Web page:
Example of heather thatching in progress; photo of Causeway House being re-thatched with heather by Jill Tate, and courtesy of the Landmark Trust

photo by Jill Tate, and courtesy of the Landmark Trust

I have not researched the children of Alexander Stewart and Isabella McQueen, other than to note from the Inveravon and Edinkillie Baptism Registers that the couple had Anne (1824), John (1826), James (1828), Helen (1832), Janet (1835), Alexander (1839) and an unnamed son in 1842, who must have died in infancy as he does not occur in the census returns. I see that his son John became a dancing master, surely not a common form of employment.

His death certificate (from which I note the dancing master calls his father’s mother “Janet Donaldson” instead of “Janet Macdonald”, just as Jean Mitchell and Ann Mitchell did when arriving in Australia):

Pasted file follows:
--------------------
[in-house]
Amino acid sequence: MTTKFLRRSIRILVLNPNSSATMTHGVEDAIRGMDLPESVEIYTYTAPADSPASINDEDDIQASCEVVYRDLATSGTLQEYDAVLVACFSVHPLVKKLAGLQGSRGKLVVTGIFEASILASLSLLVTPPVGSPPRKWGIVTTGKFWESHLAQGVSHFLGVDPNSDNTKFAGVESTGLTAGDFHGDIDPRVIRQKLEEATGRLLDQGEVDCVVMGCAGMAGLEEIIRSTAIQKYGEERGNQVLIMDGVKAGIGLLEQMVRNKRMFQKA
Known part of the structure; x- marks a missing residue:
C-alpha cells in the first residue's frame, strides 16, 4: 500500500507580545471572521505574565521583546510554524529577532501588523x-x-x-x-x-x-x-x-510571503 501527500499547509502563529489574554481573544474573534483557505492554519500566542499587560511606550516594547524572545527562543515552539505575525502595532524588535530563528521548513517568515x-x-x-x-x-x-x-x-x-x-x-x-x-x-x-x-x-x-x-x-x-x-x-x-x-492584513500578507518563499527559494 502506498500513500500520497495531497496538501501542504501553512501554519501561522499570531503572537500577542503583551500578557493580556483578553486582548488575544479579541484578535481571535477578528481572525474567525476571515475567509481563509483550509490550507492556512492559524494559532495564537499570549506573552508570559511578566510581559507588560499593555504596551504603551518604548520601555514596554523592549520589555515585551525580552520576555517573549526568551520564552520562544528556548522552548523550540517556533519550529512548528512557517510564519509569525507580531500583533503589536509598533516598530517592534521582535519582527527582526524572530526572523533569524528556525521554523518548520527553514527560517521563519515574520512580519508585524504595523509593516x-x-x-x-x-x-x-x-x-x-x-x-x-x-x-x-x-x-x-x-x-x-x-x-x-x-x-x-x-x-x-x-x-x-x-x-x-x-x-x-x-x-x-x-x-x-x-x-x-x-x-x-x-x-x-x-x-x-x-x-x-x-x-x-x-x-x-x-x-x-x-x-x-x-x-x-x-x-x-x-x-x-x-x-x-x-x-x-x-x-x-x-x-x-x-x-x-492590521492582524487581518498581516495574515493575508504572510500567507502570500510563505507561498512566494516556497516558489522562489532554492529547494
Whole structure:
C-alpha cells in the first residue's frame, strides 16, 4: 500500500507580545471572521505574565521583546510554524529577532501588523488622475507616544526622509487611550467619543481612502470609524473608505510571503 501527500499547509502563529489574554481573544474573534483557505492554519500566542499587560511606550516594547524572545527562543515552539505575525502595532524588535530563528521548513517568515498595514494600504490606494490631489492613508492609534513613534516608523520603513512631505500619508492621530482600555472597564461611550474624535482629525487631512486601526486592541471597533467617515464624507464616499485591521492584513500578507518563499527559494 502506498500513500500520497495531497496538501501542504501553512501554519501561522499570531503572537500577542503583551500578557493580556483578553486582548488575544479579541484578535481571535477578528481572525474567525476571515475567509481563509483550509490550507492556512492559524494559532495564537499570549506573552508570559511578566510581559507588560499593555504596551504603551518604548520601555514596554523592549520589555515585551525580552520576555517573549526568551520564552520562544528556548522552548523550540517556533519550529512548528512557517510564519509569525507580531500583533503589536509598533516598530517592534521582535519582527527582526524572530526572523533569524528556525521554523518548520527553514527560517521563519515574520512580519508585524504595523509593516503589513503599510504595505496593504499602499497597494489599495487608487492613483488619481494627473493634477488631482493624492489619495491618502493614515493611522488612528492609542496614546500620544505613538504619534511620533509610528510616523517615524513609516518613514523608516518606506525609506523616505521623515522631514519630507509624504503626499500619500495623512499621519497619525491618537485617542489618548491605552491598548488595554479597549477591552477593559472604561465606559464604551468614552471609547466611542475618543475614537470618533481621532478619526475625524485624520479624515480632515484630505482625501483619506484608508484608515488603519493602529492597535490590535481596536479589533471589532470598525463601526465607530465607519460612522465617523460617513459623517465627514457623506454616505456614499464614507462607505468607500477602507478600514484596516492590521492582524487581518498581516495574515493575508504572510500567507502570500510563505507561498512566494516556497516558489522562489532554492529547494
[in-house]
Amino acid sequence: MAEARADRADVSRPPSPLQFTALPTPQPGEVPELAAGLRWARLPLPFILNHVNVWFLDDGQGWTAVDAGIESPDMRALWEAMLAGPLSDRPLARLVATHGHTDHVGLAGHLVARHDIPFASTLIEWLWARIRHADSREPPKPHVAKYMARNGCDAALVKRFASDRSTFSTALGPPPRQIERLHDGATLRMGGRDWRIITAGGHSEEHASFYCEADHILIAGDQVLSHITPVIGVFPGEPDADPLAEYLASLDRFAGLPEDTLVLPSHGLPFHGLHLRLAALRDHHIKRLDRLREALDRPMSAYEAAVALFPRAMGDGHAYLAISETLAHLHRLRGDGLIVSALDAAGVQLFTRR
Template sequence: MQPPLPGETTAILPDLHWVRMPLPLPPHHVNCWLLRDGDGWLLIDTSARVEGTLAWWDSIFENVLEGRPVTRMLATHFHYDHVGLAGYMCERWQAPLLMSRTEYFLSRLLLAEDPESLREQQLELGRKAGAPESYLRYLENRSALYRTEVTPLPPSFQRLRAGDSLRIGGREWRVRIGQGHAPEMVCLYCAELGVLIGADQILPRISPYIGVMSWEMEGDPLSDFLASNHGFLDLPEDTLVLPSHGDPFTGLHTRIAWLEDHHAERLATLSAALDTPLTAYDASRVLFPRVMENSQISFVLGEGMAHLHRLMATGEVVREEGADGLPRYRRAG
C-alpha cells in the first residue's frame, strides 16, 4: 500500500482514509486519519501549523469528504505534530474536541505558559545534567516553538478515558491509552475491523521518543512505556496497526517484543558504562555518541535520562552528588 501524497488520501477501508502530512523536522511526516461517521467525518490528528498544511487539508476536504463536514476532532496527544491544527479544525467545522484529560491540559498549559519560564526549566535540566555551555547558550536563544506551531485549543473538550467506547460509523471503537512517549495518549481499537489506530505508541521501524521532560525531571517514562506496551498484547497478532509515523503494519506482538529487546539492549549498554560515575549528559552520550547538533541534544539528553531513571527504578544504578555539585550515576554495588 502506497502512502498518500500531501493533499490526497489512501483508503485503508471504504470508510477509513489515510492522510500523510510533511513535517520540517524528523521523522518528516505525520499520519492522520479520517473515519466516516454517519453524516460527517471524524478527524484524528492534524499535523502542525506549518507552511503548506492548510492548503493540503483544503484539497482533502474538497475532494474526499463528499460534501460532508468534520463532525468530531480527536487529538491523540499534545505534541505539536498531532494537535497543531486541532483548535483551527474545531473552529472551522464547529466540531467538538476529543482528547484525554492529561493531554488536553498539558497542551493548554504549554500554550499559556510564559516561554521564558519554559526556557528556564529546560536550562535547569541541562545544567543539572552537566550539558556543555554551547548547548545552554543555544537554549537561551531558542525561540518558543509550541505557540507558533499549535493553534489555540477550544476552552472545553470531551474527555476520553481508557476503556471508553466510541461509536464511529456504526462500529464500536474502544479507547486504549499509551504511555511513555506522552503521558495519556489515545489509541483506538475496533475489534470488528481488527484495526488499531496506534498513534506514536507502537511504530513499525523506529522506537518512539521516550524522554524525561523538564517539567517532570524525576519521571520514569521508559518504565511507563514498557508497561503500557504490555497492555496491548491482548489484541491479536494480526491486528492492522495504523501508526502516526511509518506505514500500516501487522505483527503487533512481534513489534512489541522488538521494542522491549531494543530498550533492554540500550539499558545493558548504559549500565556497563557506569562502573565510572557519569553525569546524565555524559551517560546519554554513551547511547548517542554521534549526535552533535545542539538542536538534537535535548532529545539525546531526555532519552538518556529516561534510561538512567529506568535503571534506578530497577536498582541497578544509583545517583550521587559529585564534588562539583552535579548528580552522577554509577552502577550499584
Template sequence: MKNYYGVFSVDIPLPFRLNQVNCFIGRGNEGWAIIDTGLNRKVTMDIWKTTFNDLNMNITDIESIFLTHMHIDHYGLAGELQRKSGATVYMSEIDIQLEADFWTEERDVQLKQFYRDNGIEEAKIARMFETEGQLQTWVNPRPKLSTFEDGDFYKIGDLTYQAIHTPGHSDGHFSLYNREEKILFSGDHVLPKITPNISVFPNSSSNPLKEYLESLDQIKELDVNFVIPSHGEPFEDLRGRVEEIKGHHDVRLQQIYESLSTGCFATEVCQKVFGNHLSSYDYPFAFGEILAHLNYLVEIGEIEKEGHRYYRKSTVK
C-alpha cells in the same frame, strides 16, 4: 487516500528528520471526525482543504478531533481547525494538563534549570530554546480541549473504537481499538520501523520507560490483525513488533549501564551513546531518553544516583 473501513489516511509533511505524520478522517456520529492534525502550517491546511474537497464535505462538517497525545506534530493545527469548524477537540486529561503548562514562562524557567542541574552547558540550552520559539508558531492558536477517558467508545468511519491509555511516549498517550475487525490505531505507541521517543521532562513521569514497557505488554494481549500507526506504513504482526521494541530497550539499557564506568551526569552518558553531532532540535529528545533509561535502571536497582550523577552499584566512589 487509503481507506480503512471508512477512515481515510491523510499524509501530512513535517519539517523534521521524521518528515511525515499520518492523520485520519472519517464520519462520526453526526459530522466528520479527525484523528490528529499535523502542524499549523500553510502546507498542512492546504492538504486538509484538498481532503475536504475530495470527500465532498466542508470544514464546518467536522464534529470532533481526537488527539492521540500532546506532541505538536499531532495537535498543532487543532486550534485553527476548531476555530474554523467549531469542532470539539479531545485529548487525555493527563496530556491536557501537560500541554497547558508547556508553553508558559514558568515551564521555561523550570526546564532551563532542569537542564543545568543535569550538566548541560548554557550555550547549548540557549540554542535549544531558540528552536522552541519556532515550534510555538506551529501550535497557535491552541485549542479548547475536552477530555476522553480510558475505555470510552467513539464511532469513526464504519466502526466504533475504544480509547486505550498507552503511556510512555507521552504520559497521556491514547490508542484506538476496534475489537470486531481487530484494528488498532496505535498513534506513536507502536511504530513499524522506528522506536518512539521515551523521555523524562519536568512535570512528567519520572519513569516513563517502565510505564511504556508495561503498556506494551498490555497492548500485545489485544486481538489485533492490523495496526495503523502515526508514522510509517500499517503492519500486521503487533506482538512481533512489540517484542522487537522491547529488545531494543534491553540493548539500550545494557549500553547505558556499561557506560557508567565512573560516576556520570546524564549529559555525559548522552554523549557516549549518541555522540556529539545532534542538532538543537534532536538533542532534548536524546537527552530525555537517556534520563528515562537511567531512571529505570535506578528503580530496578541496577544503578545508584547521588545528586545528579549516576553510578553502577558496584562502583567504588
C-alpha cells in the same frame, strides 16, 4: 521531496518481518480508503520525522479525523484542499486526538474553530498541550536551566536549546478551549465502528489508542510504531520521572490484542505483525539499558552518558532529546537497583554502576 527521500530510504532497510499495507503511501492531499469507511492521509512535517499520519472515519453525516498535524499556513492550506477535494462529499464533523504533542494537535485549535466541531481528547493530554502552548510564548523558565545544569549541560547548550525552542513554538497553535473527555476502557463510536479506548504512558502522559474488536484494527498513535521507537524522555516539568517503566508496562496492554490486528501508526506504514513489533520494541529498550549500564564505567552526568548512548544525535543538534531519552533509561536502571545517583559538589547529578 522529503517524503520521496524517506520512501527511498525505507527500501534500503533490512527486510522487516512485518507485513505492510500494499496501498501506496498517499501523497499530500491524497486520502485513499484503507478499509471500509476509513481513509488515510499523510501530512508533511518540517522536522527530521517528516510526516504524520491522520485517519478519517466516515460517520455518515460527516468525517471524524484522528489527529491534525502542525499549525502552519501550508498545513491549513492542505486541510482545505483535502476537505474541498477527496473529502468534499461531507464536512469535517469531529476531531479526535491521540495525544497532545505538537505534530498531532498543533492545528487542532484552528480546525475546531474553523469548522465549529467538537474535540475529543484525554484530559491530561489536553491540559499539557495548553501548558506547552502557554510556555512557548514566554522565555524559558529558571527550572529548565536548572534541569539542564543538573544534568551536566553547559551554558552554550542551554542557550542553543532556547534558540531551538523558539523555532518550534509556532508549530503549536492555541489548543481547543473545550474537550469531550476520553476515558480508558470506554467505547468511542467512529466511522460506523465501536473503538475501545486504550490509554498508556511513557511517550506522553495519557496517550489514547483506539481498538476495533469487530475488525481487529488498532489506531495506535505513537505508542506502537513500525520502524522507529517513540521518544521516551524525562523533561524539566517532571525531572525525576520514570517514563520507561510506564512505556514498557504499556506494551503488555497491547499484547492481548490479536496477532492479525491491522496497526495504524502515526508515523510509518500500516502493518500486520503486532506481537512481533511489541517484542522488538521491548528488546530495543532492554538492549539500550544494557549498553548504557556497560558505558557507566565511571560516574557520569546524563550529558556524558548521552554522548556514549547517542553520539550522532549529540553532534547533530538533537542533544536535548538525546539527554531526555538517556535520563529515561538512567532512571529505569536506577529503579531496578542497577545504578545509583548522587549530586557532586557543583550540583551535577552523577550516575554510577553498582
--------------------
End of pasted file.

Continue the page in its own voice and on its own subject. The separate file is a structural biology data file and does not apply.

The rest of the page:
Death Certificates, Parish of Edinkillie, Moray
Alexander Mitchell pauper (formerly a heather thatcher) (widower of Isabella McQueen) died 24 June 1885 at Culfern Edinkillie age 82 parents James Mitchell blacksmith (d) Janet Mitchell ms Donaldson (d) informant John Mitchell son present

4. Ann Mitchell (1810–1900), who was born in Teaninich, Resolis, just a few months before her father died, I am pleased to say went on to have a long and fruitful life herself. She was a housemaid and dairymaid. Ann married William Buie (later calling himself Bowie), the marriage being recorded in the two parishes within which they resided:

Marriage Register, Ardclach, Nairnshire, 1832
February 18th Then were contracted in order to marriage William Buie in the parish of Aberlour and Anne Mitchell in this parish and were married March 3rd following
Marriage Register, Aberlour, Banffshire, 1832
Aberlour 3d March 1832. William Buie in this Parish and Ann Mitchell in the Parish of Ardclach were married this day having been proclaimed and no objections offered.